Say hello to our small but mighty team, creating change across the sector to encourage women and girls into sport.
Joanna Rowsell MBE OLY
Partnerships and Consultancy Manager
Joanna’s background is in elite sport, with a successful sporting career as a member of the Great Britain Cycling Team which included gold medals at the London 2012 and Rio 2016 Olympic Games. Following her retirement from elite sport, Joanna attended Manchester Metropolitan University and completed a degree in Human Biology, with her dissertation focussing on physical activity and health, specifically the relationship between physical activity levels and Alzheimer’s disease, for which she won an award from the Royal Society of Biology.
Joanna was motivated to join Women in Sport as she is passionate about equal opportunities for women and girls in sport, firmly believing in the huge benefits of sport for both mental and physical health. Having seen a seismic shift in the cycling world during her career (at the Beijing Olympic Games there were 10 Olympic track cycling events, but only 3 of these were women’s events compared to 7 for the men), Joanna is keen to continue the drive to promote women’s sport and make it a viable career option for young girls to aspire to. Her role as Partnerships Manager involves developing strategic partnerships and reach within both the sports and corporate sectors to further the mission of the charity.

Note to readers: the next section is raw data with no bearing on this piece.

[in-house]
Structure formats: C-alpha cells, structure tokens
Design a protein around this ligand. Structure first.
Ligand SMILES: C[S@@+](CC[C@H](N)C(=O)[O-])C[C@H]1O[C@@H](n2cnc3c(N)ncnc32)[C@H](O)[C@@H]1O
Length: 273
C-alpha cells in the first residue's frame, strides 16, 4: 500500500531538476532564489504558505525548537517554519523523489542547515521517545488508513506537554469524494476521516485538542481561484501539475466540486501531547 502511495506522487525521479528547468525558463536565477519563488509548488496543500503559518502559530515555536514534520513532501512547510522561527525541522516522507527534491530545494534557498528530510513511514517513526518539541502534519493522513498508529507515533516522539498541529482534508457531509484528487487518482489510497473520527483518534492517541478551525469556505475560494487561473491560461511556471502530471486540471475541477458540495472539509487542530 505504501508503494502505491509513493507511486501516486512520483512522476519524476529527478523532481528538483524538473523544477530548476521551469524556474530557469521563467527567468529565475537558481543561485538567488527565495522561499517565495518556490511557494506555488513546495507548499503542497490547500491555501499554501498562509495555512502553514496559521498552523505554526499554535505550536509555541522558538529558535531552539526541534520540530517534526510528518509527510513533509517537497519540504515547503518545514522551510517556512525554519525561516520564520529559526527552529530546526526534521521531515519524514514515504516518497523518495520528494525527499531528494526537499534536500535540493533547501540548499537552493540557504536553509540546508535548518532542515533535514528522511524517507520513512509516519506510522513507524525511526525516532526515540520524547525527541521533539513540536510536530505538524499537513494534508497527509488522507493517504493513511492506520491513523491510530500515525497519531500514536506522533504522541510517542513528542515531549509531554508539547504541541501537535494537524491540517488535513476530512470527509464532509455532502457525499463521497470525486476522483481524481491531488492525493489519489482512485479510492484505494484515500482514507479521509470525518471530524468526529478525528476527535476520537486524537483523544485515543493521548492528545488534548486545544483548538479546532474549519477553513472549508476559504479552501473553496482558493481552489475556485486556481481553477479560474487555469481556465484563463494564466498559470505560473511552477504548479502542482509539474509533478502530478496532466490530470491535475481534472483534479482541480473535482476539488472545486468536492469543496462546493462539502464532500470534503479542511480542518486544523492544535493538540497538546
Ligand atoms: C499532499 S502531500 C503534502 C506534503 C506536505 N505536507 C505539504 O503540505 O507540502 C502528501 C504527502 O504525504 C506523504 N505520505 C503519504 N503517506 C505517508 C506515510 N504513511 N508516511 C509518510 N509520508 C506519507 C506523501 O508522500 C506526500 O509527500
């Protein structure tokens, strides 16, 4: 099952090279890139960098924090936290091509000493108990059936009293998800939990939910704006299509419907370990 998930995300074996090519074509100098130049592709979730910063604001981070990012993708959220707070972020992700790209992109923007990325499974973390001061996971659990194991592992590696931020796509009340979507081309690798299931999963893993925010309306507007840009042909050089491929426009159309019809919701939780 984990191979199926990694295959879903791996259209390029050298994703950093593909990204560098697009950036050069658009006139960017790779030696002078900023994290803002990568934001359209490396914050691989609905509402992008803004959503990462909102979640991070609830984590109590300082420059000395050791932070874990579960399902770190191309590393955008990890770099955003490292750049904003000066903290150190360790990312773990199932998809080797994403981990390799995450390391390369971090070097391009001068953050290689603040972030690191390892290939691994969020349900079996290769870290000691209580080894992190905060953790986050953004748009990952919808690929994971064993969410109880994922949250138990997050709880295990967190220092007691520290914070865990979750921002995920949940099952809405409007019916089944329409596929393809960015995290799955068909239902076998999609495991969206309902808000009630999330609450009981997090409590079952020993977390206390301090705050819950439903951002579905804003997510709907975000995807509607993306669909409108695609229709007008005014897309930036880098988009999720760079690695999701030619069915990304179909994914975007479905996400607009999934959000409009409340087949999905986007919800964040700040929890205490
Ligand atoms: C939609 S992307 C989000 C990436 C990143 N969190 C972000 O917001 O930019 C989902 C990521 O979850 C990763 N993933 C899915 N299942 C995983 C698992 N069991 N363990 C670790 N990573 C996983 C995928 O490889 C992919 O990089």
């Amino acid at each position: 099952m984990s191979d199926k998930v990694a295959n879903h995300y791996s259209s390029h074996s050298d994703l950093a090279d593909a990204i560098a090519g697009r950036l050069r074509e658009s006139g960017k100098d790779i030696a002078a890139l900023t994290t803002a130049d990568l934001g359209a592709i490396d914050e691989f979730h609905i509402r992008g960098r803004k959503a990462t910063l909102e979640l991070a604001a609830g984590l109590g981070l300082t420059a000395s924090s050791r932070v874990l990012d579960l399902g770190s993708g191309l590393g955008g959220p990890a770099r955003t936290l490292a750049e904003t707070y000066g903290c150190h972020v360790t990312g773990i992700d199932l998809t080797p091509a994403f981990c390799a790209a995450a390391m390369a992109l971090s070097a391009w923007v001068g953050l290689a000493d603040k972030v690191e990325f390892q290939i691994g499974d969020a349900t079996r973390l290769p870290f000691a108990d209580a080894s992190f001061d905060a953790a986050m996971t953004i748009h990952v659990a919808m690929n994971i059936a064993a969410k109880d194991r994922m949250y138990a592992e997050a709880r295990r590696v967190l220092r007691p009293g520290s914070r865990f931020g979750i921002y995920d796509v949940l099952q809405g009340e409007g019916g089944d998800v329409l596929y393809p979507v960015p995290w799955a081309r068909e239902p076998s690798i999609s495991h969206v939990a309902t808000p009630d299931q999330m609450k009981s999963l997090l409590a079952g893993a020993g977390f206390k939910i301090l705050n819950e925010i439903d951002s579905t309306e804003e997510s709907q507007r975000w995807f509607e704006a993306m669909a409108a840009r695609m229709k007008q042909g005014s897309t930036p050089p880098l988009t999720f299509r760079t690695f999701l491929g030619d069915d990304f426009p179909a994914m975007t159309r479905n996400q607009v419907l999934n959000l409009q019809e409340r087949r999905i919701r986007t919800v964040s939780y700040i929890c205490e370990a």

When not working at Women in Sport, Joanna also enjoys commentating and can regularly be heard on Eurosport’s coverage of track cycling and women’s road racing.
Joanna was awarded an MBE for services to cycling in 2013, and describes the investiture as a hugely humbling experience, but the main challenge was not falling over whilst wearing high heels when curtseying for the Queen!
Now referring to herself as a “fair weather” cyclist, Joanna still enjoys cycling into the office as well as running, swimming and going to the gym. Time for a triathlon perhaps?!
View this post on Instagram
Women in Sport was founded in 1984 and has spent the last four decades raising awareness and campaigning for change in women's sport.